The Hemisphere Club/Tower Suite
On last night's episode of Mad Men, "At The Codfish Ball," two restaurants were prominently featured: The Hemisphere Club/Tower Suite and Minetta Tavern. For now, the Hemisphere Club/Tower Suite (Minetta will be tomorrow).
The Hemisphere Club/Tower Suite was opened by Joe Baum of Restaurant Associates in late 1960 on the 48th floor of the Time-Life Building in Rockefeller Center. RA was also responsible for The Four Seasons, La Fonda Del Sol, the Rainbow Room, and The Forum of the Twelve Caesars (which was previously featured on Mad Men). By day it was The Hemisphere Club, an exclusive lunch club for executives. According to Life magazine, in 1961 The Hemisphere Club charged a thousand dollar initiation fee and then $360 a year in dues, in addition to food and drink. The Saturday Review wrote in 1964 that it was the "first executive lunch club to acknowledge women as executives."
By night it was the Tower Suite serving multi-course dinners for $8.50. Said the Heinz executive in Mad Men, "You know, I've always wanted to eat here. I thought it was just for Time-Life employees." The stated theme of the restaurant was to provide "elegant dining in a homelike atmosphere, complete with butlers and maids." According to Gael Greene, each table was "tended by a butler, maid, and footman." Life described the meal: "In fact, it has no menu at all. Diners pick one main course from a rolling cart that features three different selections each evening — perhaps a choice of filet of beef, pheasant or roast lamb."
[Photos: Library of Congress]
In the late 1950s/early 1960s there was a big trend of exclusive lunch clubs perched high above the city. See the August 1960 New York Times piece, "Lavish New Club Marks a Trend," talking about the hot trend of "exclusive," "expensive," and "elaborate" lunch clubs. Quote: ";One thing all of these clubs have in common, of course, is their altitude — a factor that seems to fulfill some inner need of the executive ego." They reflected "the growing role of a new ritual in United States industry — that of the business lunch." In 2005, Charles McGrath explained it thusly: "It used to be a rule in New York that the higher up you were in the world, the higher up in the sky you ate your lunch."
New York Times restaurant critic Craig Claiborne reviewed the Tower Suite in January 1961, calling it "for the most part, excellent." The novelty of an intermezzo of "fresh cranberry sherbet" was still new, and Claiborne swooned, calling it "a most welcome interlude for a several-course dinner." Wrote Claiborne of the "many matchless views of the city": "Although New York viewed from a great height is one of the visually exciting places on earth, there are astonishingly few restaurants that take advantage of the fact."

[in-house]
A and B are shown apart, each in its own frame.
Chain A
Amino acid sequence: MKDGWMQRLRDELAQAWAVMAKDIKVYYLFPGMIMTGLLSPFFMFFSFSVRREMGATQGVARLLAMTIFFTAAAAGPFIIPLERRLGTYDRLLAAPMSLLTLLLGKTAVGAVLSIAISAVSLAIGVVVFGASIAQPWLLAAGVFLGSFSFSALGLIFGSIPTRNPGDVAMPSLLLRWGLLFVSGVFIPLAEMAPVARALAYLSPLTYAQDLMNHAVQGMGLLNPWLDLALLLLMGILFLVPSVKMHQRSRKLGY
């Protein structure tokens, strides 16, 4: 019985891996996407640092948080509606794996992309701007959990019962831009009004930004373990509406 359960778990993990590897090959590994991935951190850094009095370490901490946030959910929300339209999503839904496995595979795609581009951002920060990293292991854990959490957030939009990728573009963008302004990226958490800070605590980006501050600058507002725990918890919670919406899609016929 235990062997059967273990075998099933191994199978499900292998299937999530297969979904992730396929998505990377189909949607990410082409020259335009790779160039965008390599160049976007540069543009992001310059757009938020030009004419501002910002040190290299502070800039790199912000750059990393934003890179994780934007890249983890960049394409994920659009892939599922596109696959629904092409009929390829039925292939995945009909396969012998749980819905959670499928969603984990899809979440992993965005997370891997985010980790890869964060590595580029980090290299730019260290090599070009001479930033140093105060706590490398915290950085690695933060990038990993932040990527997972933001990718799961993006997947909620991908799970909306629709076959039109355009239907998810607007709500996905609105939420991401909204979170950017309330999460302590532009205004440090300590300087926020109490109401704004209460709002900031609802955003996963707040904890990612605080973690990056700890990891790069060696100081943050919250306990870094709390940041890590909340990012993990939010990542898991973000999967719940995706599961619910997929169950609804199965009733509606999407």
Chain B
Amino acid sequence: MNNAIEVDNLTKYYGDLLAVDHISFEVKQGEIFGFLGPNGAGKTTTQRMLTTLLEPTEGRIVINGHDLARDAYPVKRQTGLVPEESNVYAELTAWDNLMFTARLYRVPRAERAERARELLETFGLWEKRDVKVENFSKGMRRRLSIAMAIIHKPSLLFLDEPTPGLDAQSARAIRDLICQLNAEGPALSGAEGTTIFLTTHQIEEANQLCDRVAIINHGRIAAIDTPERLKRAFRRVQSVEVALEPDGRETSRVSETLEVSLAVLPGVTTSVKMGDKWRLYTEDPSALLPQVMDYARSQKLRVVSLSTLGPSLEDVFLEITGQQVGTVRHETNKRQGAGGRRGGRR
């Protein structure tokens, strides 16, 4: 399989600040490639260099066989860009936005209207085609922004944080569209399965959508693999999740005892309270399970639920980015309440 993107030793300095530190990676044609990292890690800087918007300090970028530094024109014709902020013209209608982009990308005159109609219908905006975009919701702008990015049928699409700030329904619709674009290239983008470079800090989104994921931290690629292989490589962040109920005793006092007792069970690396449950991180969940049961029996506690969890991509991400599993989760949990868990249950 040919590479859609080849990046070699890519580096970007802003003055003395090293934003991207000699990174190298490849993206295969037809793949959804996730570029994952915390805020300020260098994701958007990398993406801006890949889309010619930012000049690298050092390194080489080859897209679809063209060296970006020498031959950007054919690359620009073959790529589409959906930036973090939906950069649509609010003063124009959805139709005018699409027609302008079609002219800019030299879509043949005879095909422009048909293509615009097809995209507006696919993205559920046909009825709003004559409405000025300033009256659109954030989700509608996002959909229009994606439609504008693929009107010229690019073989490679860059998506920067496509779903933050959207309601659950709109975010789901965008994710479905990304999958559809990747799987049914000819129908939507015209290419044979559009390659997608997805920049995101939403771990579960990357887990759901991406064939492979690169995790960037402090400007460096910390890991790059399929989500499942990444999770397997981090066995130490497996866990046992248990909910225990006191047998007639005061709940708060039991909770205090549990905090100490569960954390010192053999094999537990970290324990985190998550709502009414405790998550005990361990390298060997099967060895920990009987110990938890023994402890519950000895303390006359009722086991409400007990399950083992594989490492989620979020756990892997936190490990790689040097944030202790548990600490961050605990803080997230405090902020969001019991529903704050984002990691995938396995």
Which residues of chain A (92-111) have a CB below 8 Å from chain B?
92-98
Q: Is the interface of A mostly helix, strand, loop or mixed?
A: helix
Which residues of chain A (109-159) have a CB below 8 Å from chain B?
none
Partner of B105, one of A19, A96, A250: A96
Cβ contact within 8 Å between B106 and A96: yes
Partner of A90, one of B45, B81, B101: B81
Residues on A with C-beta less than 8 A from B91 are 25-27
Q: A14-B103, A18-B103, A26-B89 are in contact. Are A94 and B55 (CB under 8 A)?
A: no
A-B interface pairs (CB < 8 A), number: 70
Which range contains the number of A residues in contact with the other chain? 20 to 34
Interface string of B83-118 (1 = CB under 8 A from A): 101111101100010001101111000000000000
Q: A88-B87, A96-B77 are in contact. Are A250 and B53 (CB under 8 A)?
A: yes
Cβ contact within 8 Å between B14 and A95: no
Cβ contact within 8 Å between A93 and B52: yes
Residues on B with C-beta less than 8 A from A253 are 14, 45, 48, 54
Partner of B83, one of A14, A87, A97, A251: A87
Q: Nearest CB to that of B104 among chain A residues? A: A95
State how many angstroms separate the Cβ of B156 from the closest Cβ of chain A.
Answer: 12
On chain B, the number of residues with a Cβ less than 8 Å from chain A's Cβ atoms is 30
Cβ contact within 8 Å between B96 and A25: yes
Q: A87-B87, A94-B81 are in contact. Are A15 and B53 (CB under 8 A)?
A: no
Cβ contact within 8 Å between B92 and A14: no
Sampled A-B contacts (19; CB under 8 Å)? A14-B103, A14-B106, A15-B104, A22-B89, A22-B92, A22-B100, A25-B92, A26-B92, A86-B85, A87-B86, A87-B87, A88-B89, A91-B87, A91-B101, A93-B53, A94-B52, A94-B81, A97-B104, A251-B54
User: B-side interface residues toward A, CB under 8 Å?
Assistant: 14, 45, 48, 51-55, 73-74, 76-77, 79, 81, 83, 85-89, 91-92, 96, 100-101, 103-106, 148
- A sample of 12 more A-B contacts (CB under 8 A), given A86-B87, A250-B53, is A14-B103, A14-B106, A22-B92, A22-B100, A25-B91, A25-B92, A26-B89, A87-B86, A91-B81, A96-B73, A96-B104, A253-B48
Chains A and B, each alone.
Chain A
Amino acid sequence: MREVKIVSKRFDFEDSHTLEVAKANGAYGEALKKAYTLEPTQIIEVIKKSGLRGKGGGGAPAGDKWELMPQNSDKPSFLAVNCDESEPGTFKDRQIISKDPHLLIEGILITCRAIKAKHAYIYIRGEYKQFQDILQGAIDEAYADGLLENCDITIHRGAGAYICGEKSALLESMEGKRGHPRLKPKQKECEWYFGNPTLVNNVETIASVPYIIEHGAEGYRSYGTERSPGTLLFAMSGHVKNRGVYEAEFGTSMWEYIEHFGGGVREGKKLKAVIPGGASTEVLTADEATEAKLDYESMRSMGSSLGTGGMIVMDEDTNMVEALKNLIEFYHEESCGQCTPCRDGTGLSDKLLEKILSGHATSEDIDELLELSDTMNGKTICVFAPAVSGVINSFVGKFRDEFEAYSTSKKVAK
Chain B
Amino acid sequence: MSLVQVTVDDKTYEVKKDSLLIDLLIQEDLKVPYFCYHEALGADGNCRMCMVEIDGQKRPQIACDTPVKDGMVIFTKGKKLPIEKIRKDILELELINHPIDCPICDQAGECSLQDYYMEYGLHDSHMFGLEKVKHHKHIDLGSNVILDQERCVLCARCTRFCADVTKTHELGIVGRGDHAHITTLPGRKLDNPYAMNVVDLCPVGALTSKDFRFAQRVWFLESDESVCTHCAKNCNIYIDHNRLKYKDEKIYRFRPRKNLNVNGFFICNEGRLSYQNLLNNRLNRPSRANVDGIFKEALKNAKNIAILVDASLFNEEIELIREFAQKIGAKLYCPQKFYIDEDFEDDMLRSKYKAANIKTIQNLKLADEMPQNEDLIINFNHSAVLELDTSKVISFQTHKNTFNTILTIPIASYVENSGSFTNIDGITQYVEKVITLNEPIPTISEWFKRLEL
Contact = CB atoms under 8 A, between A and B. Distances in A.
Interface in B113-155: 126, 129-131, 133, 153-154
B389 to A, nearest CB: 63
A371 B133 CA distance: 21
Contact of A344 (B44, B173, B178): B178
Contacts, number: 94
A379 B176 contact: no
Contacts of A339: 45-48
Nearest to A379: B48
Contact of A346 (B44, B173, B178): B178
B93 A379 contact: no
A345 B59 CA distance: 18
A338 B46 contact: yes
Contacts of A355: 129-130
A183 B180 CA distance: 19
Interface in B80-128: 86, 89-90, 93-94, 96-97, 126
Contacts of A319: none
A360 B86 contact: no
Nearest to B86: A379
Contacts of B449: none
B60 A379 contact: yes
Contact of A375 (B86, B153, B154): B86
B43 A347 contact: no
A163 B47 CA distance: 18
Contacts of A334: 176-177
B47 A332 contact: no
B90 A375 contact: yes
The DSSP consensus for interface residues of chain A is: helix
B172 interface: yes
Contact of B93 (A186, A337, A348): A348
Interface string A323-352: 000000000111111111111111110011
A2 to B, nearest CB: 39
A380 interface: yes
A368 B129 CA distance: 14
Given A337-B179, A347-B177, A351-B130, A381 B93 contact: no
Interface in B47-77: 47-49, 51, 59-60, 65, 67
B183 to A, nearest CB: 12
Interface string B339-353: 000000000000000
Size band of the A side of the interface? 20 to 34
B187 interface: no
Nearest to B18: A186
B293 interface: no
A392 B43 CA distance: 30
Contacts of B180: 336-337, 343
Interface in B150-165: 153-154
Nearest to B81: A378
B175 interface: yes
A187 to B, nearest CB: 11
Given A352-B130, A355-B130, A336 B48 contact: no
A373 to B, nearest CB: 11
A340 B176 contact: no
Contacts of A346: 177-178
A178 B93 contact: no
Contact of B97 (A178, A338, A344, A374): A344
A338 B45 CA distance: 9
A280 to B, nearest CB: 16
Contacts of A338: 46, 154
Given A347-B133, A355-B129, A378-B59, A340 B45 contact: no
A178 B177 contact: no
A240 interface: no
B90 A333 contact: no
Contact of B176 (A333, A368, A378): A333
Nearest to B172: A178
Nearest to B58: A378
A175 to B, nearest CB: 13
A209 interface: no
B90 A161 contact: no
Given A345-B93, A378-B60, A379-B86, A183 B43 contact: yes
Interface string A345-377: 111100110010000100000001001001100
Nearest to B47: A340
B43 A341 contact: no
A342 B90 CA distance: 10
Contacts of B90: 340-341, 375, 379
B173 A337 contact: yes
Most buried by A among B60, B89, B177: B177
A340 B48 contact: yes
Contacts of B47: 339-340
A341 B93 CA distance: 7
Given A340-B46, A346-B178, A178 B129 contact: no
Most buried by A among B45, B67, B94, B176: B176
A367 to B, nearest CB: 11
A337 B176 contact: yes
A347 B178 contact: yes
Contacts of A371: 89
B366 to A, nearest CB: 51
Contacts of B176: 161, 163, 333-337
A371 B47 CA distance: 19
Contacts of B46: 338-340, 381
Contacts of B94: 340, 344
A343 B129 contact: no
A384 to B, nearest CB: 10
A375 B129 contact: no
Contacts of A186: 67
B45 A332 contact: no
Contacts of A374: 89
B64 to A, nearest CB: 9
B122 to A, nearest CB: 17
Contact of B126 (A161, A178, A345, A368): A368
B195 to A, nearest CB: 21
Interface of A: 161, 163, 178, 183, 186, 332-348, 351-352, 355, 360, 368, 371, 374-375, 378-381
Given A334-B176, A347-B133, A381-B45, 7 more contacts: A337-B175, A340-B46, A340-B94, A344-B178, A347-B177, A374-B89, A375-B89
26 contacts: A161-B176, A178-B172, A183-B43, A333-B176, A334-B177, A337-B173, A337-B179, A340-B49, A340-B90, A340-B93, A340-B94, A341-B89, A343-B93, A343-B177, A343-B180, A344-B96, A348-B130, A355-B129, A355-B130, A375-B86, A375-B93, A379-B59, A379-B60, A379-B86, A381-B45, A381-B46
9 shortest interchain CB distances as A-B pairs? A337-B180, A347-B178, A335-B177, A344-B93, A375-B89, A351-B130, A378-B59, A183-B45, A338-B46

An October 1964 issue of the New Yorker noted that "seven evenings a week and at Sunday brunch, a butler in a black tailcoat and a maid in a fluffy white apron and a soft green dress dance attendance on each and every eight-seventy-five prix-fixe table."
Things went downhill, however. Gael Greene, in New York Magazine in 1970, with the headline "Doom at the Top," wrote, "The Tower Suite in the baneful cumulus atop Time Inc. is dinner in your rich uncle's penthouse minus old Uncle’s snores, belches and boring reminiscences." Dinner in 1970 was $11.50. Sunday brunch, priced at $7.50, was "still grandly baroque, and bounteous enough to paralyze a Victorian trencherman." Greene concluded: "the Tower Suite is still ideal for enchanting sheltered in-laws, teenagers, the hopelessly in love and out-of-town clients from Saginaw."
Prices increased considerably over the years, with a 1991 New York magazine citing prices of $70 to $130 per person. The closing date is unclear.
A claim to fame is that the Tower Suite was maybe responsible for the whole waiters-introducing-themselves with "Hi, my name is..." routine. Florence Fabricant wrote of the Tower Suite in 1995: "Then there is the server who announces, 'Hi, my name is Jennifer and I'll be your waiter tonight.' What has become an annoying cliche was supposedly started at the Tower Suite in the Time & Life Building."
[Photos: Bright Lyons]
Also of note is the "Hemisphere Club Chair." Designed by George Nelson exclusively for The Hemisphere Club/Tower Suite for the Herman Miller furniture company (they also did the restaurant's interior). According to Bright Lyons, "the chairs were never put in to production."
Above is the logo for The Hemisphere Club, also designed by George Nelson. Source: American Trademark Designs: A Survey With 732 Marks, Logos, and Corporate
Video: Mad Men: The Hemisphere Club
Tomorrow, Minetta Tavern...
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